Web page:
Dating iron artefacts

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Rasmus Nyerup's quote reminds us of the tremendous scientific advances which have taken place in the 20th century.

In Nyerup's time, archaeologists could date the past only by using recorded histories, which in Europe were based mainly on the Egyptian calendar.

We know that it is older than Christendom, but whether by a couple of years or a couple of centuries, or even by more than a millenium, we can do no more than guess." [Rasmus Nyerup, (Danish antiquarian), 1802 (in Trigger, 19)].

The archaeologist Colin Renfrew (1973) called it the development of this dating method 'the radiocarbon revolution' in describing its great impact upon the human sciences.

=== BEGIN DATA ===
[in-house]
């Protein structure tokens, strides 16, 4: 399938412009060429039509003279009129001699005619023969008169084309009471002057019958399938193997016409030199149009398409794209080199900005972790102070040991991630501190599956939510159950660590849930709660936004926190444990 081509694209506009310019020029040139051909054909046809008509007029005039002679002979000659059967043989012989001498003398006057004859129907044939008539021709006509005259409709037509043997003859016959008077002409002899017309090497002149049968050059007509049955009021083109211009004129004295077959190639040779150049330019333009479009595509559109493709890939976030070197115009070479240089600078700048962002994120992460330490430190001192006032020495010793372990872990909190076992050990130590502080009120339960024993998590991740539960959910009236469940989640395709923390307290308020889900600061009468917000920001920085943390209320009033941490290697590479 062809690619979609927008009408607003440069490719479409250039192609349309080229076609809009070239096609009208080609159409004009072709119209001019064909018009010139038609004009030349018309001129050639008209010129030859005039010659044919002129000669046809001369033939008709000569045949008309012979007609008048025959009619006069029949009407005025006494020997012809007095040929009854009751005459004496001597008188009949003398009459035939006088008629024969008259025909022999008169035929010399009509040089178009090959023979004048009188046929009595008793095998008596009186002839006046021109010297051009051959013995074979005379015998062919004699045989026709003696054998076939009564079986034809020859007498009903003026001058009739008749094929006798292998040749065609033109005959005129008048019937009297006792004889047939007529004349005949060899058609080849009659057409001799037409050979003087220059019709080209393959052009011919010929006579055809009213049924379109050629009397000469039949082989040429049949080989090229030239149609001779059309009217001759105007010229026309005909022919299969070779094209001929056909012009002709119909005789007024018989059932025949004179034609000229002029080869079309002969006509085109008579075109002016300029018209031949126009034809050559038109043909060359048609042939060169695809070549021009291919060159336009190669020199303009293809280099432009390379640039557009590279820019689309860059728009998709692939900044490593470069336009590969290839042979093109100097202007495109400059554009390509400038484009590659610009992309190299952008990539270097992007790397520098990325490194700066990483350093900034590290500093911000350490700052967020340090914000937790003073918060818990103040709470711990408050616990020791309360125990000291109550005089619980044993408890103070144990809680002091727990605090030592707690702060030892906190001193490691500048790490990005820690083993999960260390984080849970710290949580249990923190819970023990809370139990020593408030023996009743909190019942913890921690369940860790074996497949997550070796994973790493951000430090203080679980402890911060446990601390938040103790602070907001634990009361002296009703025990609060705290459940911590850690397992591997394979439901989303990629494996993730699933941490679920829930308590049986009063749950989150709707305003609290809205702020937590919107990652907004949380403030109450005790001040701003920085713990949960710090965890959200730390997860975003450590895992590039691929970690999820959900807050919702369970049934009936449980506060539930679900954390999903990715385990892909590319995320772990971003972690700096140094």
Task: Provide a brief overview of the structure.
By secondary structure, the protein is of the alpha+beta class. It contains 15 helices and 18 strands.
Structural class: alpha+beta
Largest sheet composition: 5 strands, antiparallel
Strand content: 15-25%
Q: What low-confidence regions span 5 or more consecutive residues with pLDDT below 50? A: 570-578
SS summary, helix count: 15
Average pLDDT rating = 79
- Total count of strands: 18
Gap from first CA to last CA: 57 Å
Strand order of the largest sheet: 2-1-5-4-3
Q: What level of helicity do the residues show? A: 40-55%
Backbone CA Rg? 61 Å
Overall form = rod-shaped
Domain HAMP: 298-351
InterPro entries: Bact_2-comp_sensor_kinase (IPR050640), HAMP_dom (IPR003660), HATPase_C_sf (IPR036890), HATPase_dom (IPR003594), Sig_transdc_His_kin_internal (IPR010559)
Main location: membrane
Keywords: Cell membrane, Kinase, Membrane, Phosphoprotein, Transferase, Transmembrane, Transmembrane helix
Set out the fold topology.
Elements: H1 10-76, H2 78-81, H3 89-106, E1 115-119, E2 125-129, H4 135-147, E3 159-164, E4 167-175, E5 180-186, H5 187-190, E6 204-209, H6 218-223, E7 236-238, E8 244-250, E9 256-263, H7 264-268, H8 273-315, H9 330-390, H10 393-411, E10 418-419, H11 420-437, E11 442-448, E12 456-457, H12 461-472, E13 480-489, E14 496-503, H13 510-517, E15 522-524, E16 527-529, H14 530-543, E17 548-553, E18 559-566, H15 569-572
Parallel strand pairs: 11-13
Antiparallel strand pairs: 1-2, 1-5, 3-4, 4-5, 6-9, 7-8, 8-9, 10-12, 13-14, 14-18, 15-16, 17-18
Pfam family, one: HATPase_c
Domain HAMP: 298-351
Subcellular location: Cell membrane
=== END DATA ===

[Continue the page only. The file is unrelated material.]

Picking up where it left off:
During the period of a plant's life, the plant is taking in carbon dioxide through photosynthesis, which is how the plant makes energy and grows.

Animals eat plants, and some eat other animals in the food chain.

Welcome to the K12 section of the Radiocarbon WEBinfo site.

The aim here is to provide clear, understandable information relating to radiocarbon dating for the benefit of K12 students, as well as lay people who are not requiring detailed information about the method of radiocarbon dating itself.

Libby later received the Nobel Prize in Chemistry in 1960 for the radiocarbon discovery.

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